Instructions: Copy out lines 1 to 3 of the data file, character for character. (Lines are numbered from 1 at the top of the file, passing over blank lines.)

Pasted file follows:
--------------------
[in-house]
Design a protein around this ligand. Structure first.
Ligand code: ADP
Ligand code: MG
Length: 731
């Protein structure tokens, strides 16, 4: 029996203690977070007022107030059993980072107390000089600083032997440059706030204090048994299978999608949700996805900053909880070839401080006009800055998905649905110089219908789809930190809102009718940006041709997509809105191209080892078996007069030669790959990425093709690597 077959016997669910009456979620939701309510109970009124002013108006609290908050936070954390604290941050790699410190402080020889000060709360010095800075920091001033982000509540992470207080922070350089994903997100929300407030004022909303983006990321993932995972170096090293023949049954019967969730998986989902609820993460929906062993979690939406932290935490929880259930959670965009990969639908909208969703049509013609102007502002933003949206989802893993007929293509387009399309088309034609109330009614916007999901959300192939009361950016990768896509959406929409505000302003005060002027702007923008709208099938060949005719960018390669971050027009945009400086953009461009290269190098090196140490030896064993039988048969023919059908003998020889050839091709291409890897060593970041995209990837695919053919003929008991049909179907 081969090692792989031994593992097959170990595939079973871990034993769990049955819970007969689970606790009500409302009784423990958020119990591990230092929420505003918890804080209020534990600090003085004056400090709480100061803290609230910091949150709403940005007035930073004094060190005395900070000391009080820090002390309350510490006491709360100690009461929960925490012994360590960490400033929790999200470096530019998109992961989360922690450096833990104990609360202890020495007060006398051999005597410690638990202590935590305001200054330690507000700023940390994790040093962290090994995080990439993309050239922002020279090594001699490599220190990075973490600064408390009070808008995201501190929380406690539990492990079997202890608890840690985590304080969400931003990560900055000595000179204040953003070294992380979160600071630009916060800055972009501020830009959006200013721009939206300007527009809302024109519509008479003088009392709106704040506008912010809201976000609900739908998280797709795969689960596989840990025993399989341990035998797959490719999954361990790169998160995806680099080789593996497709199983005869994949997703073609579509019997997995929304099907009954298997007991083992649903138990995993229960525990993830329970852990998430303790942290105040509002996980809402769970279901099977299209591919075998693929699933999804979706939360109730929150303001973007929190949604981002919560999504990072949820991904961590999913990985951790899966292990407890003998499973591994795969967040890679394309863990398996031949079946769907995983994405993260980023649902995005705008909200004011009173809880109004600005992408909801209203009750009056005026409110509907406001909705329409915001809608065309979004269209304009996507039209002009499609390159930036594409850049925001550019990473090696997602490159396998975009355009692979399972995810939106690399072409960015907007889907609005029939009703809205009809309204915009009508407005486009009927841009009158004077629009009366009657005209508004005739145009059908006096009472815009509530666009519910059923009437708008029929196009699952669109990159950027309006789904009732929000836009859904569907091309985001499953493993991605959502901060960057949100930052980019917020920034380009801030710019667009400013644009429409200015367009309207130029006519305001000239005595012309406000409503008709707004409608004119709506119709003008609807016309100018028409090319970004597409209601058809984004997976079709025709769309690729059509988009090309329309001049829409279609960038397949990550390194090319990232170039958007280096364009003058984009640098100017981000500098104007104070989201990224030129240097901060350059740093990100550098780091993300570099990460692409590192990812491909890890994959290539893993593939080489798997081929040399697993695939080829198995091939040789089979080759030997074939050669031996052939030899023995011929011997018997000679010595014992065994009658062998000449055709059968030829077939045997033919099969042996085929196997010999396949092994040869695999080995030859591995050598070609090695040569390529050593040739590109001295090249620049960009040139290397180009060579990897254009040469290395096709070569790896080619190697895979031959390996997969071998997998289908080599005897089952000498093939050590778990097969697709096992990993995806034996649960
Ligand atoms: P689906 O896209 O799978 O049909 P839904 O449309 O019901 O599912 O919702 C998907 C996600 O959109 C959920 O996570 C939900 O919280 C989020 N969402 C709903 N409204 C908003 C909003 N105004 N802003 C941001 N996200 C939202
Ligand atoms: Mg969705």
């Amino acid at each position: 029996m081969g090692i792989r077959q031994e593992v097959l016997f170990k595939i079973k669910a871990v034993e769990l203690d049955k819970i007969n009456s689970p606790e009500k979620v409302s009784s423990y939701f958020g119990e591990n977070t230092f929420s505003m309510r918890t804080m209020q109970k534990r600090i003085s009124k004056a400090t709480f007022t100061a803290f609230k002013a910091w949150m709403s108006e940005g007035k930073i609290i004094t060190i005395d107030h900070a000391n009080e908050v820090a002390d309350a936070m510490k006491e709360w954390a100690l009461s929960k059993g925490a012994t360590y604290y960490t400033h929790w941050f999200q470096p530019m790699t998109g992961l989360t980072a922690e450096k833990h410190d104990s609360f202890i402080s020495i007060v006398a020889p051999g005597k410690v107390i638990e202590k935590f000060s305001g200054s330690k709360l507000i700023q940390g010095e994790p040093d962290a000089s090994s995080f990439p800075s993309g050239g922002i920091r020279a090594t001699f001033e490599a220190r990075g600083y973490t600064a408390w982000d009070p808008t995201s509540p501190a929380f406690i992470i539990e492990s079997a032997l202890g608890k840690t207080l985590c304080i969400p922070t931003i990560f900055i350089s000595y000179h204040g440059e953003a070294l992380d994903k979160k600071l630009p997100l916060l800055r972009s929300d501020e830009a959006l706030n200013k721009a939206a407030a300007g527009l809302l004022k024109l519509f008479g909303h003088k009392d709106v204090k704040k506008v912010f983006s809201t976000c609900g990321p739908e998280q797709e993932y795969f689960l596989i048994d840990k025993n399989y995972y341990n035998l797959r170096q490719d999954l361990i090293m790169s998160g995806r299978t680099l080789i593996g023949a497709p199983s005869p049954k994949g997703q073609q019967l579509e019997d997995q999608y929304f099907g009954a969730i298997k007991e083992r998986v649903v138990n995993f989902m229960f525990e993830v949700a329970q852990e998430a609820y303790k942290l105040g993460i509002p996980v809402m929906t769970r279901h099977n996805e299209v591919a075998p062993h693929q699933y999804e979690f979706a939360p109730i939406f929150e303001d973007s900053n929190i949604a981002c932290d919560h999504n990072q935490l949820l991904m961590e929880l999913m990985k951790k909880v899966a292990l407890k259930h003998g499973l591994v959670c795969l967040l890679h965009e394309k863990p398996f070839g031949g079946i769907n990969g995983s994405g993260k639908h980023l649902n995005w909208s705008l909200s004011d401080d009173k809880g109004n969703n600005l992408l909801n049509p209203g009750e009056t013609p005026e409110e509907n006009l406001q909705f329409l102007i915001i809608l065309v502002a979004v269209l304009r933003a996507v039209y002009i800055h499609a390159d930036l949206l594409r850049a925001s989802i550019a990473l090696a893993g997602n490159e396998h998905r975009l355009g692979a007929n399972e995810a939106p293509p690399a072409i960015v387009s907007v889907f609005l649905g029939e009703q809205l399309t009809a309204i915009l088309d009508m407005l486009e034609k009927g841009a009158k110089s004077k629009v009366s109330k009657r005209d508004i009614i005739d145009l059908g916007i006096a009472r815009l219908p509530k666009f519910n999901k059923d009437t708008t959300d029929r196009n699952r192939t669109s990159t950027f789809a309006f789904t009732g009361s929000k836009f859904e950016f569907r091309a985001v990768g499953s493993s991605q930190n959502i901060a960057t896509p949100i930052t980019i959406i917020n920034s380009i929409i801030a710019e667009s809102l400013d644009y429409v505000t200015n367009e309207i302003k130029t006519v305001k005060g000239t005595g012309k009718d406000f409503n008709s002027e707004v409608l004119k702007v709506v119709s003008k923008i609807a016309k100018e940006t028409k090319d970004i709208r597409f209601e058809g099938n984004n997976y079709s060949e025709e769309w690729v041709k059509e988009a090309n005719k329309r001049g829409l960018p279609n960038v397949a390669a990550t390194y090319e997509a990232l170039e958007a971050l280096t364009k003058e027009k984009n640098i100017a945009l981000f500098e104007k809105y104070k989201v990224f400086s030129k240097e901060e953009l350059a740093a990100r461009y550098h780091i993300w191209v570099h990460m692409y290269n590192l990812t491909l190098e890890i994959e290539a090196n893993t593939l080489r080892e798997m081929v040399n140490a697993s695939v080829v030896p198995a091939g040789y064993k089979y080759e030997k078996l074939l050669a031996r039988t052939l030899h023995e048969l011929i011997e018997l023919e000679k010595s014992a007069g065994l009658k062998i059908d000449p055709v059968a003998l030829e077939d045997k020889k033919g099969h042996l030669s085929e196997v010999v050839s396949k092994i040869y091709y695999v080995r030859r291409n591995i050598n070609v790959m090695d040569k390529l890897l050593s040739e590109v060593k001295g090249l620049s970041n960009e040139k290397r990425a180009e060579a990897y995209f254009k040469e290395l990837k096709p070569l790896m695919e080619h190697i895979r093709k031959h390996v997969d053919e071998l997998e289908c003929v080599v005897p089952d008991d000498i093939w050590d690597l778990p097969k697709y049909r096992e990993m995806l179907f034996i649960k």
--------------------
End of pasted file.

[in-house]
Design a protein around this ligand. Structure first.
Ligand code: ADP